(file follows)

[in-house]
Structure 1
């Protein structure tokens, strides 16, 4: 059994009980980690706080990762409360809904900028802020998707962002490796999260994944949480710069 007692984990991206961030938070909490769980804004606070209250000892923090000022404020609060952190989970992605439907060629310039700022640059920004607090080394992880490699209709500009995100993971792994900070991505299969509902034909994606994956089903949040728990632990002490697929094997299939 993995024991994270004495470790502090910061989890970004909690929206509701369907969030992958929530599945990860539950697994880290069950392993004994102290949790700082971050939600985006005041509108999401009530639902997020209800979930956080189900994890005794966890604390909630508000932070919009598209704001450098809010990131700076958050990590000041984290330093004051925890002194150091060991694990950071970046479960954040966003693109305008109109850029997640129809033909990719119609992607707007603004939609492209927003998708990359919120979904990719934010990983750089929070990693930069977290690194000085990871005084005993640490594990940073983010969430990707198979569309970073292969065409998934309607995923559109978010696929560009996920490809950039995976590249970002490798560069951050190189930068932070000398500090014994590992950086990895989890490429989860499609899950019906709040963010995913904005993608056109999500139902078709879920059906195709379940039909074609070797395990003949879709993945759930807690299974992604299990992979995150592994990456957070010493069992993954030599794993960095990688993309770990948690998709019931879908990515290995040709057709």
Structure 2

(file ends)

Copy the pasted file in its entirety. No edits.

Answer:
[in-house]
Structure 1
């Protein structure tokens, strides 16, 4: 059994009980980690706080990762409360809904900028802020998707962002490796999260994944949480710069 007692984990991206961030938070909490769980804004606070209250000892923090000022404020609060952190989970992605439907060629310039700022640059920004607090080394992880490699209709500009995100993971792994900070991505299969509902034909994606994956089903949040728990632990002490697929094997299939 993995024991994270004495470790502090910061989890970004909690929206509701369907969030992958929530599945990860539950697994880290069950392993004994102290949790700082971050939600985006005041509108999401009530639902997020209800979930956080189900994890005794966890604390909630508000932070919009598209704001450098809010990131700076958050990590000041984290330093004051925890002194150091060991694990950071970046479960954040966003693109305008109109850029997640129809033909990719119609992607707007603004939609492209927003998708990359919120979904990719934010990983750089929070990693930069977290690194000085990871005084005993640490594990940073983010969430990707198979569309970073292969065409998934309607995923559109978010696929560009996920490809950039995976590249970002490798560069951050190189930068932070000398500090014994590992950086990895989890490429989860499609899950019906709040963010995913904005993608056109999500139902078709879920059906195709379940039909074609070797395990003949879709993945759930807690299974992604299990992979995150592994990456957070010493069992993954030599794993960095990688993309770990948690998709019931879908990515290995040709057709």
Structure 2